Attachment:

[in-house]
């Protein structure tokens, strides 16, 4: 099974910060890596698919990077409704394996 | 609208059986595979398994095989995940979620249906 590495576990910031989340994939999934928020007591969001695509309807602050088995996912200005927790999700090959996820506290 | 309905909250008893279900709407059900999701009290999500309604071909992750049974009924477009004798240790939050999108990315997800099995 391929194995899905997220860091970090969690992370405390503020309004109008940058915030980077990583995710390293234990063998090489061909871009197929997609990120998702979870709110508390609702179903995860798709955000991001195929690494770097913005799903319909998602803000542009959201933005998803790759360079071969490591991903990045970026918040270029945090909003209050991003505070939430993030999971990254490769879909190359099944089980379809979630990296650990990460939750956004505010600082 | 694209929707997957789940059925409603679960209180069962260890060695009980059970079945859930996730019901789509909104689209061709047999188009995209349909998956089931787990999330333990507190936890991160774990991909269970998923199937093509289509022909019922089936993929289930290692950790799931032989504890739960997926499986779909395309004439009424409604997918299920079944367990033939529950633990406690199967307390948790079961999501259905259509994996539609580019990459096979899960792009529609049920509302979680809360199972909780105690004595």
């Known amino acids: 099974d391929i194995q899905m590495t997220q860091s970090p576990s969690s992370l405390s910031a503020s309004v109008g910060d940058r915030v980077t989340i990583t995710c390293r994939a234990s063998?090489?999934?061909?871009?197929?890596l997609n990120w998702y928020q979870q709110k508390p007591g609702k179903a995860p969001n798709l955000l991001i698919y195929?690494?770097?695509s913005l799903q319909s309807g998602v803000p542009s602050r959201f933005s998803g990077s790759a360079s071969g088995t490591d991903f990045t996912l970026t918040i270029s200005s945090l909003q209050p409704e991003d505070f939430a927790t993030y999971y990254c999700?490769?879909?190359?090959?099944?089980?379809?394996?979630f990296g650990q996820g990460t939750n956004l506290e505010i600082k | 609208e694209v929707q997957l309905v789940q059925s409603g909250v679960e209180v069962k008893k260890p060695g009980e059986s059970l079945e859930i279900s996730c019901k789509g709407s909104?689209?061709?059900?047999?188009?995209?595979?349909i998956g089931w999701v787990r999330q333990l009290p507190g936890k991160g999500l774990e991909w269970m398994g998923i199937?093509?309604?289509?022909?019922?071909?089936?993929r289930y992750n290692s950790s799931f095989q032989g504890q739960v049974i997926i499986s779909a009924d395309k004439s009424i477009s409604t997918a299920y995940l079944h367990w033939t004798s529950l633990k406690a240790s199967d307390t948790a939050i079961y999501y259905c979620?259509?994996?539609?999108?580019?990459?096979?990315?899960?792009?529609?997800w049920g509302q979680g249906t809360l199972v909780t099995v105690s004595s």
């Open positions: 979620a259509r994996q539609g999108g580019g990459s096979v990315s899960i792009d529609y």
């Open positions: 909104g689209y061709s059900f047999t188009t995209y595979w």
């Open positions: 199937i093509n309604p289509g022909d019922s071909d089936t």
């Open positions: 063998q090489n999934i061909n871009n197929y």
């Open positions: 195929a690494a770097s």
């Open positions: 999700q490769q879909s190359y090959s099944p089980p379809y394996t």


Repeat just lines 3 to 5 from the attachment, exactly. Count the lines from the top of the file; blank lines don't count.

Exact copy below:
């Known amino acids: 099974d391929i194995q899905m590495t997220q860091s970090p576990s969690s992370l405390s910031a503020s309004v109008g910060d940058r915030v980077t989340i990583t995710c390293r994939a234990s063998?090489?999934?061909?871009?197929?890596l997609n990120w998702y928020q979870q709110k508390p007591g609702k179903a995860p969001n798709l955000l991001i698919y195929?690494?770097?695509s913005l799903q319909s309807g998602v803000p542009s602050r959201f933005s998803g990077s790759a360079s071969g088995t490591d991903f990045t996912l970026t918040i270029s200005s945090l909003q209050p409704e991003d505070f939430a927790t993030y999971y990254c999700?490769?879909?190359?090959?099944?089980?379809?394996?979630f990296g650990q996820g990460t939750n956004l506290e505010i600082k | 609208e694209v929707q997957l309905v789940q059925s409603g909250v679960e209180v069962k008893k260890p060695g009980e059986s059970l079945e859930i279900s996730c019901k789509g709407s909104?689209?061709?059900?047999?188009?995209?595979?349909i998956g089931w999701v787990r999330q333990l009290p507190g936890k991160g999500l774990e991909w269970m398994g998923i199937?093509?309604?289509?022909?019922?071909?089936?993929r289930y992750n290692s950790s799931f095989q032989g504890q739960v049974i997926i499986s779909a009924d395309k004439s009424i477009s409604t997918a299920y995940l079944h367990w033939t004798s529950l633990k406690a240790s199967d307390t948790a939050i079961y999501y259905c979620?259509?994996?539609?999108?580019?990459?096979?990315?899960?792009?529609?997800w049920g509302q979680g249906t809360l199972v909780t099995v105690s004595s």
């Open positions: 979620a259509r994996q539609g999108g580019g990459s096979v990315s899960i792009d529609y």
């Open positions: 909104g689209y061709s059900f047999t188009t995209y595979w």